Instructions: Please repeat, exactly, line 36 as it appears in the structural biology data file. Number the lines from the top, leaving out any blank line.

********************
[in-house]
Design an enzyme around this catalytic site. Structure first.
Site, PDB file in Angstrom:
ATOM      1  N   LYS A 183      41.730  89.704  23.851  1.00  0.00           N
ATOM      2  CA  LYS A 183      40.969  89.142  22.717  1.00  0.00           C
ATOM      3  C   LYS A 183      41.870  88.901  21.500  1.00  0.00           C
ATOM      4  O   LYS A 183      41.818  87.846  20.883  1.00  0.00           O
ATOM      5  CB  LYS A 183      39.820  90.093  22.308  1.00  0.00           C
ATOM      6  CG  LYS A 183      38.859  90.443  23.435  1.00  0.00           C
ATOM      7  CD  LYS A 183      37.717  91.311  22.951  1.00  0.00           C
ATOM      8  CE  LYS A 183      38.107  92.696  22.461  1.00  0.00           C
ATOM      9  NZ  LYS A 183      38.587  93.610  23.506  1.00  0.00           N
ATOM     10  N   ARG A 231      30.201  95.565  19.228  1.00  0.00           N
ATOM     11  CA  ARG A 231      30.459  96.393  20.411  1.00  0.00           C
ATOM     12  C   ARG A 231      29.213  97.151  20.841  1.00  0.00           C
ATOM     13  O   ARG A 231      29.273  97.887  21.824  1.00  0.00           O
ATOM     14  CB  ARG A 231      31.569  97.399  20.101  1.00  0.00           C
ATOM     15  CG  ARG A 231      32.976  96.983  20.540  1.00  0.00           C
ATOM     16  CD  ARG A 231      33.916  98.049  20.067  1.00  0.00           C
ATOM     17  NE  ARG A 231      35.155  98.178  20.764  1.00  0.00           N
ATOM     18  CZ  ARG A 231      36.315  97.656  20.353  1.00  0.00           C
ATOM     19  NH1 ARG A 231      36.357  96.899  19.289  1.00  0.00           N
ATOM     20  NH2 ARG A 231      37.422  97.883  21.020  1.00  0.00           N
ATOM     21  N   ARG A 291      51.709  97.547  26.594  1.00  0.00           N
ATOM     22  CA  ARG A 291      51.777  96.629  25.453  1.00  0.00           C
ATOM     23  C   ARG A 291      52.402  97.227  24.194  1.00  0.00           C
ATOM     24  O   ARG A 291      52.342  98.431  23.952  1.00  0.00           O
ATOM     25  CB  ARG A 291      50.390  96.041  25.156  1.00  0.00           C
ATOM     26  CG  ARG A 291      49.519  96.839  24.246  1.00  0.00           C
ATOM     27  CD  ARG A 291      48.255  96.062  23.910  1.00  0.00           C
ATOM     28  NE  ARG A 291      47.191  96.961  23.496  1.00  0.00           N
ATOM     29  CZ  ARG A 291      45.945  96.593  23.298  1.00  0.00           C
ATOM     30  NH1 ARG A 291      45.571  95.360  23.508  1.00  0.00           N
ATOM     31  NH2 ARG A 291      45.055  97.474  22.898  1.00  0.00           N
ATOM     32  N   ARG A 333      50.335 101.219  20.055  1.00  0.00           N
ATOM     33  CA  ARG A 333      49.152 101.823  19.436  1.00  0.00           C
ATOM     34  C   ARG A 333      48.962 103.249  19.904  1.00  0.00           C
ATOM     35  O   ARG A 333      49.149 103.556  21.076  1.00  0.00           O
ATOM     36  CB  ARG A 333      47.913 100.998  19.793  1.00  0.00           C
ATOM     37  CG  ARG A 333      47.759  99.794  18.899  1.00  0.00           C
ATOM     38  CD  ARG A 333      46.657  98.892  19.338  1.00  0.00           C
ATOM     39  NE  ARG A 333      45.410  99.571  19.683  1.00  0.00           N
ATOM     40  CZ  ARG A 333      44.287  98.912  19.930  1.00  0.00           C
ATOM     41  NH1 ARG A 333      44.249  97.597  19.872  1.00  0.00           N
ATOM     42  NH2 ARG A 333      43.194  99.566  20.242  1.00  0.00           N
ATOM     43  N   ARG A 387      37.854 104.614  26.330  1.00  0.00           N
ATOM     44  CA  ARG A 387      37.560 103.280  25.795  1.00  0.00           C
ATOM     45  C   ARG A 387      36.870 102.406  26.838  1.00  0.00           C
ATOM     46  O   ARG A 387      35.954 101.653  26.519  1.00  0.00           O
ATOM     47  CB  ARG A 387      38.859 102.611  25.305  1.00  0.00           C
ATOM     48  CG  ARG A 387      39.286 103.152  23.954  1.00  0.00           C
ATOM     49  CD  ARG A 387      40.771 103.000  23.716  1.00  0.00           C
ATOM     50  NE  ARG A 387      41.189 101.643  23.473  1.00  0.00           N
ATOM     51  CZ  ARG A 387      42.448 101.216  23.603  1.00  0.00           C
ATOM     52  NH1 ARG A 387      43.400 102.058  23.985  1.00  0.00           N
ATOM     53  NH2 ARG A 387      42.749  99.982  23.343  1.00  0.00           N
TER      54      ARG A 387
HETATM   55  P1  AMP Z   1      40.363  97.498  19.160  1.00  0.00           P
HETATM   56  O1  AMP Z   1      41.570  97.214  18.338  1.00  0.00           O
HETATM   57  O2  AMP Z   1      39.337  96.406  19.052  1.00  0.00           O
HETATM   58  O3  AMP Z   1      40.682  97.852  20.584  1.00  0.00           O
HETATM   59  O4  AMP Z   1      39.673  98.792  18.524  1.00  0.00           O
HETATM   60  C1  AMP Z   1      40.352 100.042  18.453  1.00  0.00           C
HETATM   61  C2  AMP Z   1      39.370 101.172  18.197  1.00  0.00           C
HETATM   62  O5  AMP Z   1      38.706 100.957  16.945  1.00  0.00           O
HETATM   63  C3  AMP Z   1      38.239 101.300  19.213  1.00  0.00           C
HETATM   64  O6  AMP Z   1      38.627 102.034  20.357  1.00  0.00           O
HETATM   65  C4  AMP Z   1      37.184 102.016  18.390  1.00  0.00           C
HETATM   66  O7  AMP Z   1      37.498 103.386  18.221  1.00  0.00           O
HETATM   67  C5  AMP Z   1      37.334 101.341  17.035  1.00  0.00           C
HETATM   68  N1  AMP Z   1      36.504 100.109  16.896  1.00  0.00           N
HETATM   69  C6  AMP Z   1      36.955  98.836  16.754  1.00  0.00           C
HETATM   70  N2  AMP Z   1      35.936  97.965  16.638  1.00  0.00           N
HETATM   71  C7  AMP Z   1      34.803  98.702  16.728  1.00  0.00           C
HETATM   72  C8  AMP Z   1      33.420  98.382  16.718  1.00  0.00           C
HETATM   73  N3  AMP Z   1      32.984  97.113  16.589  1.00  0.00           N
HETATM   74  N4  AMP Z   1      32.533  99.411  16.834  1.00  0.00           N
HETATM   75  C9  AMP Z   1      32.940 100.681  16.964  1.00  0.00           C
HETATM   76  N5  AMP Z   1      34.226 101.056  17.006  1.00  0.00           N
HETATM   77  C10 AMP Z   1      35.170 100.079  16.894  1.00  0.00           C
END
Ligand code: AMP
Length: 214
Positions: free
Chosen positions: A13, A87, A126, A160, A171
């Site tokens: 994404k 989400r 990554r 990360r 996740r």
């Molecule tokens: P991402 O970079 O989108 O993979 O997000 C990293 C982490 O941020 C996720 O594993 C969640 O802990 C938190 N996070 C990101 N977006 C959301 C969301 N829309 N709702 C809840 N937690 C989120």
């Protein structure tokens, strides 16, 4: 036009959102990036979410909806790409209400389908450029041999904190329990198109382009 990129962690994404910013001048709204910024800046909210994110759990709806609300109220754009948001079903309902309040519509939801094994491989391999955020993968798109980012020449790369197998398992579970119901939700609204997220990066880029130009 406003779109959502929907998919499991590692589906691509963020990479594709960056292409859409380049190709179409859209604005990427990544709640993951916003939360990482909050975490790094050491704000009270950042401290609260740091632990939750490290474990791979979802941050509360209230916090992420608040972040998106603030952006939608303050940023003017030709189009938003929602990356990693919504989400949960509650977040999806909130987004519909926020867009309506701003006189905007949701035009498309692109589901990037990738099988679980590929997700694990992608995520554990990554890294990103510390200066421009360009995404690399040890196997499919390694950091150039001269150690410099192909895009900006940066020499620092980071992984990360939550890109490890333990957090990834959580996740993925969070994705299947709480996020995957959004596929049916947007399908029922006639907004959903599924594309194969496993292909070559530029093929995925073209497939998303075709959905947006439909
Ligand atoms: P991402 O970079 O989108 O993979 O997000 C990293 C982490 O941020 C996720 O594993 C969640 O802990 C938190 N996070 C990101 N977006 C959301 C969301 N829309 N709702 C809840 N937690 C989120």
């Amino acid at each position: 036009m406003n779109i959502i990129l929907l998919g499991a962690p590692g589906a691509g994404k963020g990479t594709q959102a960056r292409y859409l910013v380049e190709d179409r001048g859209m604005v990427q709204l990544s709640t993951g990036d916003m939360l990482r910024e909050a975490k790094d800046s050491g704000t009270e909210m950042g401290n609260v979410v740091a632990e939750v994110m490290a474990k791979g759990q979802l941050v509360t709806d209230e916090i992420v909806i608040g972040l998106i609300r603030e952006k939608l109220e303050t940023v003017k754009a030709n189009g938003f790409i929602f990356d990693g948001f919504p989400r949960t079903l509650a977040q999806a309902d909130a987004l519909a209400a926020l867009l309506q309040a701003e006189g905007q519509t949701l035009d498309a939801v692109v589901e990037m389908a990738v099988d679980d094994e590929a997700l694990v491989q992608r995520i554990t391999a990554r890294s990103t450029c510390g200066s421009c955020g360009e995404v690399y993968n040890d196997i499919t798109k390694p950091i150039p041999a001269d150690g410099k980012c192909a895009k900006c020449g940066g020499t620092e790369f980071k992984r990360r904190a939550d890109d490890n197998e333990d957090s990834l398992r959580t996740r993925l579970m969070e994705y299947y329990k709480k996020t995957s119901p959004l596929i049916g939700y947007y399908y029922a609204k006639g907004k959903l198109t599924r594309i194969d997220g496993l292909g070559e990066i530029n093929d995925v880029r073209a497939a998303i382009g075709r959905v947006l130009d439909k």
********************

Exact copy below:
ATOM     33  CA  ARG A 333      49.152 101.823  19.436  1.00  0.00           C